Buddhist studies, also known as Buddhology, is the academic study of Buddhism. The term Buddhology was coined in the early 20th century by the Unitarian minister Joseph Estlin Carpenter to mean the "study of Buddhahood, the nature of the Buddha, and doctrines of a Buddha", but the terms Buddhology and Buddhist studies are generally synonymous in the contemporary context.[1][2] According to William M. Johnston, in some specific contexts, Buddhology may be viewed as a subset of Buddhist studies, with a focus on Buddhist hermeneutics, exegesis, ontology and Buddha's attributes.[3] Scholars of Buddhist studies focus on the history, culture, archaeology, arts, philology, anthropology, sociology, theology, philosophy, practices, interreligious comparative studies and other subjects related to Buddhism.[3][4][5]

In contrast to the study of Judaism or Christianity, the field of Buddhist studies has been dominated by "outsiders" to Buddhist cultures and traditions, hence it is not a direct subfield of Indology or Asian studies. However, Chinese, Japanese and Korean universities have also made major contributions, as have Asian immigrants to Western countries, and Western converts to Buddhism.

University programs and institutes


In Asia, University of Tokyo and Rissho University have long been major centers for Buddhist research, and Nalanda University launched a master program at 2016.[citation needed]


See also: ja:仏教学部

Most major universities in Japan have departments of Eastern philosophy, including Buddhist studies or Indian philosophy.

University of Tokyo (Dpt. of Indian Philosophy and Buddhist Studies) and Kyoto University (Dpt. of Buddhist Studies) are public universities which have specialized Buddhist studies departments.

Toyo University (non-sect, but associated with the Honganji) a private university founded by Inoue Enryo, is also renowned for its Buddhist studies.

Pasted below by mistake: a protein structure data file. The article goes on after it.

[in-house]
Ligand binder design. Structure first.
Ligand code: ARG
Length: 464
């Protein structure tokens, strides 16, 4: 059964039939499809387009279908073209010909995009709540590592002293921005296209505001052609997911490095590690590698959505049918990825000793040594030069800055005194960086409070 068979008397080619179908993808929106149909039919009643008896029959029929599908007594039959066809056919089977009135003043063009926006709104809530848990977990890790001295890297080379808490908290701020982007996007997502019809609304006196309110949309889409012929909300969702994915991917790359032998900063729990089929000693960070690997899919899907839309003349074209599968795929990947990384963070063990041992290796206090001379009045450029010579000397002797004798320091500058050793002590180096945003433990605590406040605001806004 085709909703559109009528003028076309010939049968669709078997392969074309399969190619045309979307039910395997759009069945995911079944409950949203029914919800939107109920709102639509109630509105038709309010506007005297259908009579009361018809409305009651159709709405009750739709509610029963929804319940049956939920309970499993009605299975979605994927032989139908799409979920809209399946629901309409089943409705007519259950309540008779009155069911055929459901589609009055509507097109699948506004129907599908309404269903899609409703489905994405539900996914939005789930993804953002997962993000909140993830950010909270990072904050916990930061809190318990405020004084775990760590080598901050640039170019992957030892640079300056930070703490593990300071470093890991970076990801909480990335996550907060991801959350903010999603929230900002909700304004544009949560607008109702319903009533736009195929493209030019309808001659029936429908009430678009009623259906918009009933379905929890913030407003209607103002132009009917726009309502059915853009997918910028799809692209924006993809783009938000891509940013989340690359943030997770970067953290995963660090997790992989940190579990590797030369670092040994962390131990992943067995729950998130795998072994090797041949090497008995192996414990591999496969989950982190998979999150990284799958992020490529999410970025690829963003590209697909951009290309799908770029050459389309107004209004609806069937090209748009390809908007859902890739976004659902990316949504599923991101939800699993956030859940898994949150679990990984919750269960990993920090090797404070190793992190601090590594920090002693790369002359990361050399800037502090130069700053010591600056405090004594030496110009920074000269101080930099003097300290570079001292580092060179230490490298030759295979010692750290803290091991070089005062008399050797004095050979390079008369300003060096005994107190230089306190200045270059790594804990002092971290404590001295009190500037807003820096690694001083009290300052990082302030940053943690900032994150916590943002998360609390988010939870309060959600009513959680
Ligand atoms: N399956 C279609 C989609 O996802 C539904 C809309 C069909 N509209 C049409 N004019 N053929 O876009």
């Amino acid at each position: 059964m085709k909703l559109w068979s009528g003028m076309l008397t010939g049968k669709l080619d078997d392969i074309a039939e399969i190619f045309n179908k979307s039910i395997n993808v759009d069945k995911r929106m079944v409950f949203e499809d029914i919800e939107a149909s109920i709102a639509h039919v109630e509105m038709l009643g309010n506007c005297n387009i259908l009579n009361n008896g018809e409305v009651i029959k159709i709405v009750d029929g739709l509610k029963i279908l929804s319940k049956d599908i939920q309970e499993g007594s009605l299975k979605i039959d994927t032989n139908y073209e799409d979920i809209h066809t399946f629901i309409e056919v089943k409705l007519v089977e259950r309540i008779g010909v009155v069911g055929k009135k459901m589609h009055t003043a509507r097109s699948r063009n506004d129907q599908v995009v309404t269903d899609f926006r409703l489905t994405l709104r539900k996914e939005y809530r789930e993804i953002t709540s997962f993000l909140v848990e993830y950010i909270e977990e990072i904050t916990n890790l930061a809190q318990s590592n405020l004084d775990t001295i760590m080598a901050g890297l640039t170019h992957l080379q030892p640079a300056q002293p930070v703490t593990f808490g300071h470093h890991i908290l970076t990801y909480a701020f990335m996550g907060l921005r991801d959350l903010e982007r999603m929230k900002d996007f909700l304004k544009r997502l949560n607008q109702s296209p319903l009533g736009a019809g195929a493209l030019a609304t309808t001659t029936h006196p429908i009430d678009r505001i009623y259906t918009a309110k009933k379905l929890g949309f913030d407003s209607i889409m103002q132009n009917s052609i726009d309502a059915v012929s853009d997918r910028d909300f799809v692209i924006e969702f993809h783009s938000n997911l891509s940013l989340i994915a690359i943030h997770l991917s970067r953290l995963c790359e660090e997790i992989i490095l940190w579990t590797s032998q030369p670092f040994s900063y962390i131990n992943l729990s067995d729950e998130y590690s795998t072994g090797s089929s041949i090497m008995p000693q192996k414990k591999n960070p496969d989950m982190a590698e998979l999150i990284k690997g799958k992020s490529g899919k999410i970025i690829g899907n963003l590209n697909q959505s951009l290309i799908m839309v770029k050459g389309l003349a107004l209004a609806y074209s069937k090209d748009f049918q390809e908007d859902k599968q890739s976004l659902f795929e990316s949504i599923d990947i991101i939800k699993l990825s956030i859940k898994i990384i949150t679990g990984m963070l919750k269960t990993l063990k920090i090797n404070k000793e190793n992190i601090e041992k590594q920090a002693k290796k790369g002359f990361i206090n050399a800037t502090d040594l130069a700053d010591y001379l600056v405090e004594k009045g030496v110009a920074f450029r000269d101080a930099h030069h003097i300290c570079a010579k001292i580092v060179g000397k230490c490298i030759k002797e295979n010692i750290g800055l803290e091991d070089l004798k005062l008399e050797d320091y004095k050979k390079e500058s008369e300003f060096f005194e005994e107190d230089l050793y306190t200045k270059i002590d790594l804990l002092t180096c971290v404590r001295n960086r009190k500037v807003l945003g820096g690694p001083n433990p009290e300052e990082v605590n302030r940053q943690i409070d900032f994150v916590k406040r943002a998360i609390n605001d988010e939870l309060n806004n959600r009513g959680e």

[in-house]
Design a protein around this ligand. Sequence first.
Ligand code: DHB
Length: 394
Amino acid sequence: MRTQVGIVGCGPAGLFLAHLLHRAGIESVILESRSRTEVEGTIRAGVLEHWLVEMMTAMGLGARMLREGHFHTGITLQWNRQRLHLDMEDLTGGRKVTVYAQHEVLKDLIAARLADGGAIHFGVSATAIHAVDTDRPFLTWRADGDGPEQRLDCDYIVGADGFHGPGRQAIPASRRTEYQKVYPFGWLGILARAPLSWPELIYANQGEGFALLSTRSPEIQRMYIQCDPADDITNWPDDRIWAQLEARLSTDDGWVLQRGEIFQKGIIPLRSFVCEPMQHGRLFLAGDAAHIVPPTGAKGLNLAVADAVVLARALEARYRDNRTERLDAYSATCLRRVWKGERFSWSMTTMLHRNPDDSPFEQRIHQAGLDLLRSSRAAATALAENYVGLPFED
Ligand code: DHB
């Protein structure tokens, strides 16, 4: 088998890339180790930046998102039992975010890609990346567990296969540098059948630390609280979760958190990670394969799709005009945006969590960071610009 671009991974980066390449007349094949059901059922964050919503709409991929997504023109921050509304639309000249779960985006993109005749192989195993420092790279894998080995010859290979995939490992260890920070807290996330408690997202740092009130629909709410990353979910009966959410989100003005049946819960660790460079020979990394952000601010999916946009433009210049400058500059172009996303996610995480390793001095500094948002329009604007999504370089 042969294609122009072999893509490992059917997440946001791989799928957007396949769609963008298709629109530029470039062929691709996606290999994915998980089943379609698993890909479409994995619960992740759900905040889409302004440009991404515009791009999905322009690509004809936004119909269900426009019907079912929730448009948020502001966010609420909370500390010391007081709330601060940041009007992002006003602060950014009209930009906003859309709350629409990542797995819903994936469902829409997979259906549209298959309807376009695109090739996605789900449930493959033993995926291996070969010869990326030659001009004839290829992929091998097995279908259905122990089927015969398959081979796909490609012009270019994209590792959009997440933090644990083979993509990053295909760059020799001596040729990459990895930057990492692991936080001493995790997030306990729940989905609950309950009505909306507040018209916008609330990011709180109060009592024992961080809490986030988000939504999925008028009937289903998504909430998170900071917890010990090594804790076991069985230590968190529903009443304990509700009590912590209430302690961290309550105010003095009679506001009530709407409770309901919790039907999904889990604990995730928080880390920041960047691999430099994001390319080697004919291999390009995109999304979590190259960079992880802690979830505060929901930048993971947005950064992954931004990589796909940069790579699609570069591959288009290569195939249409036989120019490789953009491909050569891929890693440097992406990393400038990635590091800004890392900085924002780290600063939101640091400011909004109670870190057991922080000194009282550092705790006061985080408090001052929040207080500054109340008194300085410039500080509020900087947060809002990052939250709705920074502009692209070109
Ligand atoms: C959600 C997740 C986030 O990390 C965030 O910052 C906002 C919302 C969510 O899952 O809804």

Buddhist studies is also studied in universities run by various religious denominations.


The first graduate program in Buddhist studies in North America started in 1961 at the University of Wisconsin–Madision.[6] According to Prebish, Buddhist studies in the United States prior to 1975 was dominated by the University of Wisconsin, Harvard University and the University of Chicago.[7] Prebish cites two surveys by Hart[full citation needed] in which the following university programs were found to have produced the most scholars with U.S. university posts: Chicago, Wisconsin, Harvard, Columbia, Yale, Virginia, Stanford, Berkeley, Princeton, Temple, Northwestern, Michigan, Washington, and Tokyo.[8]

Other regionally-accredited U.S. institutions with programs in Buddhism include the University of the West, Institute of Buddhist Studies, Naropa University, Dharma Realm Buddhist University and the California Institute of Integral Studies (a number of dharma centers offer semi-academic, unaccredited study).


Prominent European programs include Oxford University and Cambridge University, School of Oriental and African Studies, Humboldt University of Berlin, University of Hamburg, University of Munich, University of Heidelberg, University of Bonn, University of Vienna, Ghent University, and the Sorbonne.

Scholars and scholar-practitioners

Charles Prebish, a scholar-practitioner and Chair of Religious Studies at Utah State University, states that the Buddhist studies and academics in North American universities include those who are practicing Buddhists, the latter he terms as “scholar-practitioners.”.[7]

Professional associations


Journals specializing in Buddhist Studies (in alphabetical order):

In addition, many scholars publish in journals devoted to area studies (such as Japan, China, etc.), general Religious Studies, or disciplines such as history, anthropology, or language studies. Some examples would be:

Major university presses that have published in the field include those of Oxford, Columbia, Cambridge, Indiana, Princeton, SUNY, and the Universities of California, Chicago, Hawaii, and Virginia. Non-university presses include E.J. Brill, Equinox, Palgrave, Routledge, Silkworm Books, and Motilal Banarsidass. A number of scholars have published through "dharma presses" such as BPS Pariyatti, Parallax Press, Shambhala, Snow Lion, and Wisdom Publications.

See also


  1. ^ Buddhology, Oxford English Dictionary
  2. ^ Amos Yong (2000), On Doing Theology and Buddhology: A Spectrum of Christian Proposals, Buddhist-Christian Studies, Vol. 31, University of Hawai'i Press pp. 103-118
  3. ^ a b William M. Johnston (2013). Encyclopedia of Monasticism. Routledge. pp. 225–226. ISBN 978-1-136-78716-4.
  4. ^ Minoru Kiyota (1984), "Modern Japanese Buddhology: Its History and Problematics", The Journal of the International Association of Buddhist Studies 7 (1), 17–33
  5. ^ Paul David Numrich (2008). North American Buddhists in Social Context. BRILL Academic. pp. 4–13. ISBN 978-90-04-16826-8.
  6. ^ Lopez 1995, p. 159.
  7. ^ a b Prebish, Charles (Spring 2006). "The New Panditas". Buddhadharma. Archived from the original on January 4, 2013.
  8. ^ Prebish 1999, p. 194.


Further reading